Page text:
The truth is, this movie is a white savior movie. Yeah… really think about that. The main character is C.P. Ellis and how he’s the reason why integration happened for this community. C.P. Ellis is the President of Ku Klux Klan. How in hell do you expect me to buy the leader of a notorious white supremacist group, one of the greatest shit stains in our American history that continues to this day, is going to be the “good guy” of the movie. Okay, I’m making it sound worse than it is, but… actually, am I? In the movie, C.P. Ellis is a man with some integrity. He’ll shoot up a woman’s house for having a black boyfriend, but reminds his fellows not to hurt her. However, as I understand it, the real C.P. Ellis was a downright monster before he turned over that new leaf. That’s… such a pussy move on the filmmakers. What, are American audiences too afraid to see the gritty realism of reality? Would that have been too hard to sell to your average film-goer? To that I say, GOOD! Grow some balls and hit us with some truth! Make us uncomfortable! Make us squirm and acknowledge what was allowed for the time! Why are movies rooted in history afraid to tackle history?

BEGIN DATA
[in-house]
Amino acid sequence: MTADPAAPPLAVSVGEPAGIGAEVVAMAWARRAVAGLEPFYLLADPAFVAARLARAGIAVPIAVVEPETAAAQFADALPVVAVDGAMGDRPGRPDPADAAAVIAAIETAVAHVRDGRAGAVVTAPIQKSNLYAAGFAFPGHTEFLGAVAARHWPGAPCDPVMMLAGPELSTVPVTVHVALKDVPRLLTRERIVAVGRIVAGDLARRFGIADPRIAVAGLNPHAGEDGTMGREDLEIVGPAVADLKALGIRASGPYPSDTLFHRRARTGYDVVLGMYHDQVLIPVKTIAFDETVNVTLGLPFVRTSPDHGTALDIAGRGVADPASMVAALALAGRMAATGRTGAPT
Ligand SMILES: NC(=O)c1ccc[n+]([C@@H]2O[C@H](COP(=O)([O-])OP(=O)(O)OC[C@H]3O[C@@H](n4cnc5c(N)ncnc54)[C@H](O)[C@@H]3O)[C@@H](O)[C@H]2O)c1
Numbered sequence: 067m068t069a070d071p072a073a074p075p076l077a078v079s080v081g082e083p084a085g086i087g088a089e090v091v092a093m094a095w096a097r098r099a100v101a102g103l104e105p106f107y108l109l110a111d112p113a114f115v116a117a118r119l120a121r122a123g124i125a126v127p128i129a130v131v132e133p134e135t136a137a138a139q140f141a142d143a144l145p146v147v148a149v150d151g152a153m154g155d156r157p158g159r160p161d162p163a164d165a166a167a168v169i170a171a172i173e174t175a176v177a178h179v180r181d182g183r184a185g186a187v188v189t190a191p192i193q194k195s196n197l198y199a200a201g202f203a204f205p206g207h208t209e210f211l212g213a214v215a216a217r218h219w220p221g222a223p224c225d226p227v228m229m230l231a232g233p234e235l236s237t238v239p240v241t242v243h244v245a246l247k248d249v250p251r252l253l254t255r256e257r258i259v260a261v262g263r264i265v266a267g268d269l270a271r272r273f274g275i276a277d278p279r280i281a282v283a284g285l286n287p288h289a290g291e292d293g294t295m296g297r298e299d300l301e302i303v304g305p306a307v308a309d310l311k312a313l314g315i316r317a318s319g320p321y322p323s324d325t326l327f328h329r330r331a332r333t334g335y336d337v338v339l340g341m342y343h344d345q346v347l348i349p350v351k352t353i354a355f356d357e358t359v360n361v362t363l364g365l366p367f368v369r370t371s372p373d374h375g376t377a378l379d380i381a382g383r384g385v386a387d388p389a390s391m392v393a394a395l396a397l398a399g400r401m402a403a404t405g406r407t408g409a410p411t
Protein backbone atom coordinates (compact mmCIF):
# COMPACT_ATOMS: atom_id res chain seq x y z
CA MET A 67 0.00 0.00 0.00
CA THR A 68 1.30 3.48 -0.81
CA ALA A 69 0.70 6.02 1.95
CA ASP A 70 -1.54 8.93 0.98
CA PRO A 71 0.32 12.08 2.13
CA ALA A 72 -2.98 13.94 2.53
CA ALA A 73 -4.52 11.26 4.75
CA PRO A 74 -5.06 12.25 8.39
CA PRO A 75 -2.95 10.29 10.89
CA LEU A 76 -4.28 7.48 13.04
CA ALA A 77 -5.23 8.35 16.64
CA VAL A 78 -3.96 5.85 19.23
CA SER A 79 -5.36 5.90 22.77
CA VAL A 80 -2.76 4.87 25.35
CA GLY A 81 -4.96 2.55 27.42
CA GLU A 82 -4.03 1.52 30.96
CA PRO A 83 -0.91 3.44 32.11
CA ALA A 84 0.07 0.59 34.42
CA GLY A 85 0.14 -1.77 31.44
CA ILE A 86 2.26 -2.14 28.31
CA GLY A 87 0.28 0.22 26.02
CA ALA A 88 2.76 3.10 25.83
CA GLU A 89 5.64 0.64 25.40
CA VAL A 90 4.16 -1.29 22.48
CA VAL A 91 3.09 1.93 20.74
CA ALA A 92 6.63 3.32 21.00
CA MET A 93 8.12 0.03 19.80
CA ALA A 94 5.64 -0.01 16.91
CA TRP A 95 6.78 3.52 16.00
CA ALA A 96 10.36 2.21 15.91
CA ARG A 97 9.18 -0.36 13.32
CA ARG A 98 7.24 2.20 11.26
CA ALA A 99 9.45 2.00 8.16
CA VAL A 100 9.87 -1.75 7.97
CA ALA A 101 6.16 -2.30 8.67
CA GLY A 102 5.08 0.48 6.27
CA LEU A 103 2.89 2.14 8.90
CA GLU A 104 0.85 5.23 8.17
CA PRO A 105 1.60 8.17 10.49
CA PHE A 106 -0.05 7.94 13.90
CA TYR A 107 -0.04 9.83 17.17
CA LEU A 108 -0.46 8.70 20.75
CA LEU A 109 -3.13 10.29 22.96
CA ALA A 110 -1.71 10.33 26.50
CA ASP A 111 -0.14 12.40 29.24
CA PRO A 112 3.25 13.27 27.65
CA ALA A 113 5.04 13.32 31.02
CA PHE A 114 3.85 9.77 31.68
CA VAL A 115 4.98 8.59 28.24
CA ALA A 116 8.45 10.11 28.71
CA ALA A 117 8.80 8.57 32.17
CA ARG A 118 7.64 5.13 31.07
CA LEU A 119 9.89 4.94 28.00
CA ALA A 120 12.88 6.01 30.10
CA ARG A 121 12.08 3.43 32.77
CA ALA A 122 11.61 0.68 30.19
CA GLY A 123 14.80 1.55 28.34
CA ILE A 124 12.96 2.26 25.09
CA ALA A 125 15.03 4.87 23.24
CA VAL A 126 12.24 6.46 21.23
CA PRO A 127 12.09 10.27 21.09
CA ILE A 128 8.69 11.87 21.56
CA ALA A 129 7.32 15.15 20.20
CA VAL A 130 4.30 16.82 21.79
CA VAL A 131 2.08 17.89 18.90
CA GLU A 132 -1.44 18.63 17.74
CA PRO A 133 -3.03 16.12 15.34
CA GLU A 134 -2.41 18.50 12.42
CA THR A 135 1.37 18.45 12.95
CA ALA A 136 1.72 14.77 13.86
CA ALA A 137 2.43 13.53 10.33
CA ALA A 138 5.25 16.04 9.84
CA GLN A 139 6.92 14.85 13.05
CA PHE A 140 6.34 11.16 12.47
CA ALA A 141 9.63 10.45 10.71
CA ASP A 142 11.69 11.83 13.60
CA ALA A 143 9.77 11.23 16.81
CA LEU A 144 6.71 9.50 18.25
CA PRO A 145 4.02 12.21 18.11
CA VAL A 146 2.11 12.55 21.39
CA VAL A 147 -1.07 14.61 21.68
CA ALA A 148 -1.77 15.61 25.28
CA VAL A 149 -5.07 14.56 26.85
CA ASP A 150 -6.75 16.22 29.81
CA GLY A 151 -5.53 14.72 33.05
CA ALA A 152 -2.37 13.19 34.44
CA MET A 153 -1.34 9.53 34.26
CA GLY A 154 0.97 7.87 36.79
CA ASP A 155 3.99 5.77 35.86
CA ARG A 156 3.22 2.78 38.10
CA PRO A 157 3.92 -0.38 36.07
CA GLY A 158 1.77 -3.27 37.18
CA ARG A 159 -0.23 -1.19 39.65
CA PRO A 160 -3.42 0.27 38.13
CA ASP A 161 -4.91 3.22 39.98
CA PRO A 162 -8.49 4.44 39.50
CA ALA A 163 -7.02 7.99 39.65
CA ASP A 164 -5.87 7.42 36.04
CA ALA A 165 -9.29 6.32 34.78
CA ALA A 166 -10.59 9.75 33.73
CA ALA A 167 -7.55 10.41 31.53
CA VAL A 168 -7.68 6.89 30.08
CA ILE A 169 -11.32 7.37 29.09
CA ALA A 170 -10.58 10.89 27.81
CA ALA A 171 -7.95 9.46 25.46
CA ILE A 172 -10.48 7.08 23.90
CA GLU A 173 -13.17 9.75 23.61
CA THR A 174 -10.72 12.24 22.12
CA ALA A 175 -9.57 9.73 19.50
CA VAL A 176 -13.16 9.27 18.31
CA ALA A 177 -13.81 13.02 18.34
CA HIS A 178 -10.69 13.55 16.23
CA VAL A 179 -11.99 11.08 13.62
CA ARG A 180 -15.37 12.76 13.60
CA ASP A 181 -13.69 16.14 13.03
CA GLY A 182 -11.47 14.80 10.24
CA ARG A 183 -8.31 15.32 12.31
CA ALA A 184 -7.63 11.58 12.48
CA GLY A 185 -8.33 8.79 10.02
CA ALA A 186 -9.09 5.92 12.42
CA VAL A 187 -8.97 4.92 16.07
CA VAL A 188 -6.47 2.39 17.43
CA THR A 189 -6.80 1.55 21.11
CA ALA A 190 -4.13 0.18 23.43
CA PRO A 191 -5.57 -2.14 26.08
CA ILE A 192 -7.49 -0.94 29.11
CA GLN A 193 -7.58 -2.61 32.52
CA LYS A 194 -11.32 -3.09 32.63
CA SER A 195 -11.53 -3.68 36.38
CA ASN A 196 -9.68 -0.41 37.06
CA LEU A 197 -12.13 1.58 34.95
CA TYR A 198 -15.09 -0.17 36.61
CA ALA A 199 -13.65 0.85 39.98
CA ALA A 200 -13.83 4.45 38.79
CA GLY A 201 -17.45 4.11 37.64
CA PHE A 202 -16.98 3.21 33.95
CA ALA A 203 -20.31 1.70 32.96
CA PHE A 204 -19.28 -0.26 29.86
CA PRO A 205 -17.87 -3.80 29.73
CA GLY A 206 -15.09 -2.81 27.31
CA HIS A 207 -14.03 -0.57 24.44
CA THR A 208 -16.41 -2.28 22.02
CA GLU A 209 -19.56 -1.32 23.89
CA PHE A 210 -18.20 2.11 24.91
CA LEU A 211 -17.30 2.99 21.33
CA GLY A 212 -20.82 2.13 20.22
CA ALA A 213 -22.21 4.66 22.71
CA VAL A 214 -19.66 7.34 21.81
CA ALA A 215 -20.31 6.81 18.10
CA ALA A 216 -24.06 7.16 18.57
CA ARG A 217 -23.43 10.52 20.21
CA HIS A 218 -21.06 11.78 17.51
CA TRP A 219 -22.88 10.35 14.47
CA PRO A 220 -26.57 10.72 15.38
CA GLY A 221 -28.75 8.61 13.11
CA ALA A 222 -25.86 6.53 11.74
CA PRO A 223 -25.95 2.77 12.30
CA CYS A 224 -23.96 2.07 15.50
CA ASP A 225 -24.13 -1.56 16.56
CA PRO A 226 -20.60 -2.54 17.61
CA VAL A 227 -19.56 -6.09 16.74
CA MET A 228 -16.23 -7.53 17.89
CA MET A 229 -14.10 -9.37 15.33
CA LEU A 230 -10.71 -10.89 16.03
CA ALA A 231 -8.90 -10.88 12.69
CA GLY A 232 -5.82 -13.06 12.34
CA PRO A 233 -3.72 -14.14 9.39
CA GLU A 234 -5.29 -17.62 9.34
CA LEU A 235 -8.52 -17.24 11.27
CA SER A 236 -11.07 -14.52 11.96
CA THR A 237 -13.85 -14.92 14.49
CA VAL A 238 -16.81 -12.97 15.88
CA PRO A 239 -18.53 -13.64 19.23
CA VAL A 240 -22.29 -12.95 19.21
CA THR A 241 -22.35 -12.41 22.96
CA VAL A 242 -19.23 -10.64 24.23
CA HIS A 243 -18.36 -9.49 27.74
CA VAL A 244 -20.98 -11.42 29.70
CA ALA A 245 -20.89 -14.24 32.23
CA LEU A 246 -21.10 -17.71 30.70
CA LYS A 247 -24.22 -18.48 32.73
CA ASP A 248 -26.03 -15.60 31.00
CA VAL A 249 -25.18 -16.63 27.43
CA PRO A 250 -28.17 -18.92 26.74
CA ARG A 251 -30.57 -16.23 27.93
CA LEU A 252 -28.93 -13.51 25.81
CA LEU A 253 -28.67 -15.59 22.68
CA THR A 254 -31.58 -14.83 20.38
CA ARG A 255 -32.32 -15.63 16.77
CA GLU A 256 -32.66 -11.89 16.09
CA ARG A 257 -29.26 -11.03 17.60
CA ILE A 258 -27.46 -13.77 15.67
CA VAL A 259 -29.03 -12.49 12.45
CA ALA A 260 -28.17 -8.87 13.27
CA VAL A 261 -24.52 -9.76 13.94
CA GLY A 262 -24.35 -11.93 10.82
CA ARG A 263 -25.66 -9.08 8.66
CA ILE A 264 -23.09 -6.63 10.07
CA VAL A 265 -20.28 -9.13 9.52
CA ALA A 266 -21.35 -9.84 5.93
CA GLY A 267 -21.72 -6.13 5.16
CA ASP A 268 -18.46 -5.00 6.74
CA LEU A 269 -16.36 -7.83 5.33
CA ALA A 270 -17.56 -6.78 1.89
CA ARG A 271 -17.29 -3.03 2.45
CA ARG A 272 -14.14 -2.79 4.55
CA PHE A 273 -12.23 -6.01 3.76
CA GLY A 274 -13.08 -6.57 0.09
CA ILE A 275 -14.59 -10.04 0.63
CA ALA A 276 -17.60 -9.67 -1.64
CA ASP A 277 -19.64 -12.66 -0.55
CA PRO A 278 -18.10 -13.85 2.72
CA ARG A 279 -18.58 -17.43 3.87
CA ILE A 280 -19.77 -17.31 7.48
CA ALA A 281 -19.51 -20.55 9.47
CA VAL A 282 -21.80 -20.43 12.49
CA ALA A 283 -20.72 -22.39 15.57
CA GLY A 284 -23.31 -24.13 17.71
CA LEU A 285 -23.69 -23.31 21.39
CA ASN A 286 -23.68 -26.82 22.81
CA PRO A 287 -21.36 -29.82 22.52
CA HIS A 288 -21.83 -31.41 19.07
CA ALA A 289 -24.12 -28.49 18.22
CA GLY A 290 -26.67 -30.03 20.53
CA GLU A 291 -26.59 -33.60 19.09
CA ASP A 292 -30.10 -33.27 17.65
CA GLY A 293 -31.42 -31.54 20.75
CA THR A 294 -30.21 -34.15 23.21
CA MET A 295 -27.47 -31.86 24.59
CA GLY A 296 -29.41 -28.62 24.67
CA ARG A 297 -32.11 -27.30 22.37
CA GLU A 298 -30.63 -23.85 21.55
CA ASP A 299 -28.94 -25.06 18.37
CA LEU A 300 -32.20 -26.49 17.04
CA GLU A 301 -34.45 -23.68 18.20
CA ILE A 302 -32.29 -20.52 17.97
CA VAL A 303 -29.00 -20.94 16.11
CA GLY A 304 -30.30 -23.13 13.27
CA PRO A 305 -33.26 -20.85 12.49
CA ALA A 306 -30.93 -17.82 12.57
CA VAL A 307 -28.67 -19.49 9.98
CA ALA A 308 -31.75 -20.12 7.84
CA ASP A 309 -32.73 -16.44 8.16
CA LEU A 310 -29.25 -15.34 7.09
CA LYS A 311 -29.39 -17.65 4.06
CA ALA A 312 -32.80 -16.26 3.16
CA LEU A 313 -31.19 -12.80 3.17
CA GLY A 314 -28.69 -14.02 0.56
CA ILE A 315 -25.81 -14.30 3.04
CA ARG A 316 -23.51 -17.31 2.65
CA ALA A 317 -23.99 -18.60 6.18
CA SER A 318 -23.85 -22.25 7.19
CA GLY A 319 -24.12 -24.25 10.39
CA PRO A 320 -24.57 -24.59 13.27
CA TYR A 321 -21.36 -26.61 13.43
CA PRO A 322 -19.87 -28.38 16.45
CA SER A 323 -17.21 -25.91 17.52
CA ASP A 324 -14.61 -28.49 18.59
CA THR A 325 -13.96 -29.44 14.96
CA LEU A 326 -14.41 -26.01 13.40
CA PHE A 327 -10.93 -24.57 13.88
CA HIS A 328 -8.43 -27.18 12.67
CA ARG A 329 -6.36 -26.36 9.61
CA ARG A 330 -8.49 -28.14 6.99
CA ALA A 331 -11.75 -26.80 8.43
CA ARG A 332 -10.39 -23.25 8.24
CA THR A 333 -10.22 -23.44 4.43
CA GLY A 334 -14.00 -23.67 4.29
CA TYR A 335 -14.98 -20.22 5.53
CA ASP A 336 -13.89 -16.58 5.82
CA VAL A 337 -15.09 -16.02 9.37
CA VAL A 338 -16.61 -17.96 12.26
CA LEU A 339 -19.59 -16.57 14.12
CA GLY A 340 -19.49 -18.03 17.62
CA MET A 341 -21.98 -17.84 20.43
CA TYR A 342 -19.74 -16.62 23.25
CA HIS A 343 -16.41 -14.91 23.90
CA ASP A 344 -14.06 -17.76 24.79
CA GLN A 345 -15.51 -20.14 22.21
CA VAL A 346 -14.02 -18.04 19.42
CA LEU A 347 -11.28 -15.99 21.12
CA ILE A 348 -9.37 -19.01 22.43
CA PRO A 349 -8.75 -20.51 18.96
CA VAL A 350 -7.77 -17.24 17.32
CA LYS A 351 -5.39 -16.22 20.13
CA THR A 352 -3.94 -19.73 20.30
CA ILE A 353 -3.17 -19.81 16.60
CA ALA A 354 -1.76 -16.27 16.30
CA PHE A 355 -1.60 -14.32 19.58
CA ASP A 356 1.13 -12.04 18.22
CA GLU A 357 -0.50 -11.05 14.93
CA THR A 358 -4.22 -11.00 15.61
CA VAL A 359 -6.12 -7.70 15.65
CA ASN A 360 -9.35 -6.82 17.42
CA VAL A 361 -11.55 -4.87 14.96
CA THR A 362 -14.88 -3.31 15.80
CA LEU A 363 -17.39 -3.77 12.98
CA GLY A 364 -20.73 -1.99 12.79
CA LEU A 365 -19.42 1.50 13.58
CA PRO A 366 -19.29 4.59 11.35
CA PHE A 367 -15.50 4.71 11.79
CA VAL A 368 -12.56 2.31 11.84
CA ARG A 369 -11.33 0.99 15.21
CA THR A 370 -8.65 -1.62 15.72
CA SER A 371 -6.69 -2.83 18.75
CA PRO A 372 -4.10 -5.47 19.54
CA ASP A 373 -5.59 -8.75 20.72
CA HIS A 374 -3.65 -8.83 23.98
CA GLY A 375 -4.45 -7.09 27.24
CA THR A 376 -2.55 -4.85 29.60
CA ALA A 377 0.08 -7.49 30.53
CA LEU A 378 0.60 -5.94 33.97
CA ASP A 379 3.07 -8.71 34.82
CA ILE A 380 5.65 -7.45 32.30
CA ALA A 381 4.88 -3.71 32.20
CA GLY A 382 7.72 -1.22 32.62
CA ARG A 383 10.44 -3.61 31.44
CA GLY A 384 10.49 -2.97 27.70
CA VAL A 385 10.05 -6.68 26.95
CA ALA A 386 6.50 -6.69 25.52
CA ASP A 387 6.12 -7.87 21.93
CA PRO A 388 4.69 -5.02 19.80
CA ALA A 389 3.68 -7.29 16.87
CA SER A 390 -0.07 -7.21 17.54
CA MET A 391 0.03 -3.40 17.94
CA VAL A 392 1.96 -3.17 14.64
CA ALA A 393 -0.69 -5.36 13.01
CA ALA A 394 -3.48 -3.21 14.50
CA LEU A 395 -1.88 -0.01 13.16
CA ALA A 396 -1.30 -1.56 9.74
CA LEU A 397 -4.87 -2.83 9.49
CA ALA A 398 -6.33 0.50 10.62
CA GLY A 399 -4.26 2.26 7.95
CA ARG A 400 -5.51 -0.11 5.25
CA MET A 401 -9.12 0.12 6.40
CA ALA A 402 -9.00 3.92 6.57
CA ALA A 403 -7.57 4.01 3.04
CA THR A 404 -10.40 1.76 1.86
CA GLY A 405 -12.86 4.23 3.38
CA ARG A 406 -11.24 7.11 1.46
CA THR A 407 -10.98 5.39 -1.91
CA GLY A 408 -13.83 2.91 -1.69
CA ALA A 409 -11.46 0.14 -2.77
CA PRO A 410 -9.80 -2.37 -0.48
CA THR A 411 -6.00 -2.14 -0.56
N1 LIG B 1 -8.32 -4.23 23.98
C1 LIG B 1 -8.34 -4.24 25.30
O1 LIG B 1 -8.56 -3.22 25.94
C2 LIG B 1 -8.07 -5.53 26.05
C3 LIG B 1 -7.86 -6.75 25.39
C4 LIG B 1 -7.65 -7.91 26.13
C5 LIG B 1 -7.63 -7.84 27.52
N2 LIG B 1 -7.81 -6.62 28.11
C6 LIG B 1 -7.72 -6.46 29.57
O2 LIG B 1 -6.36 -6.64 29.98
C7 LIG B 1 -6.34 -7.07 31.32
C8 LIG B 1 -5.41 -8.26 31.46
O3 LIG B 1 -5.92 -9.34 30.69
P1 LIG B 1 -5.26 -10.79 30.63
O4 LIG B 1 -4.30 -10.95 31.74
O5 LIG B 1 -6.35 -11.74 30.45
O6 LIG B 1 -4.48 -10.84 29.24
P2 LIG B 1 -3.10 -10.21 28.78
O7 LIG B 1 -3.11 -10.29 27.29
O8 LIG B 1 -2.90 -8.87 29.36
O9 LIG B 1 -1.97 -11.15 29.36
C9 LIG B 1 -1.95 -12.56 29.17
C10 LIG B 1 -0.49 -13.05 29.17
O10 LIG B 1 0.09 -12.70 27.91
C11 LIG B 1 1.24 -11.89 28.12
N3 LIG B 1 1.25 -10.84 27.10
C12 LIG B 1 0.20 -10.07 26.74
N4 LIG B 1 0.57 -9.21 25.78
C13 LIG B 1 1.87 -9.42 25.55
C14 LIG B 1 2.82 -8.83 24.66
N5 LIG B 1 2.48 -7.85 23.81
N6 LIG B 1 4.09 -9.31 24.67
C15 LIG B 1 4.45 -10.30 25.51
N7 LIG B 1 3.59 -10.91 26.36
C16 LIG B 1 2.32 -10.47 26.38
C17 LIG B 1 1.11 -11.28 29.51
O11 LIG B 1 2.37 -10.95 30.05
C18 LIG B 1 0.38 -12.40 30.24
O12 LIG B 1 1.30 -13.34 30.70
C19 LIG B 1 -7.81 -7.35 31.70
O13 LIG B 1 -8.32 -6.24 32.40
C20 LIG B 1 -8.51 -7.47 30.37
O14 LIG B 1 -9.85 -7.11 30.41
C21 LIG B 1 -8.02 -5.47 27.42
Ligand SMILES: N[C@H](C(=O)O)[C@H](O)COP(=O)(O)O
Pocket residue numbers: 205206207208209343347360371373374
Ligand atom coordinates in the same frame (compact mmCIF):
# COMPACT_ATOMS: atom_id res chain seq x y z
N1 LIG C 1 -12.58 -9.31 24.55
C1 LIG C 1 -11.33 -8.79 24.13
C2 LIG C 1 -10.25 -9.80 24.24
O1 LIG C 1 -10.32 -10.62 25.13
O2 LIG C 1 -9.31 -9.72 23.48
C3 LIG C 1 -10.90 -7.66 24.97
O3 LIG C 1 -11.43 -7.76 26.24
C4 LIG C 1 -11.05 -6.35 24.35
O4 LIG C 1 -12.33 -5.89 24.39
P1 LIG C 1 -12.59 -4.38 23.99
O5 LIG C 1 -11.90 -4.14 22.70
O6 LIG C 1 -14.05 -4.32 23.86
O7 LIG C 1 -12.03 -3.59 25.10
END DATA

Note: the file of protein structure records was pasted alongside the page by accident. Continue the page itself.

But it’s all true. Sure, Henson as Ann gets a great deal of screen time, but I wager if you paid close attention, a majority of the screen time is given to C.P. Ellis. At the end of the day, it’s his story. His redemption story. It’s his vote that permits integration. The movie isn’t about Ann taking on prejudice, dismissed by assholes who refuse to acknowledge her voice by childishly turning their chair away… this isn’t abut her. She’s a supporting character delivering an intense performance by Henson, and that’s not right. Hell, the movie should almost be a three-way story between Ellis, Ann, and the black students in crisis.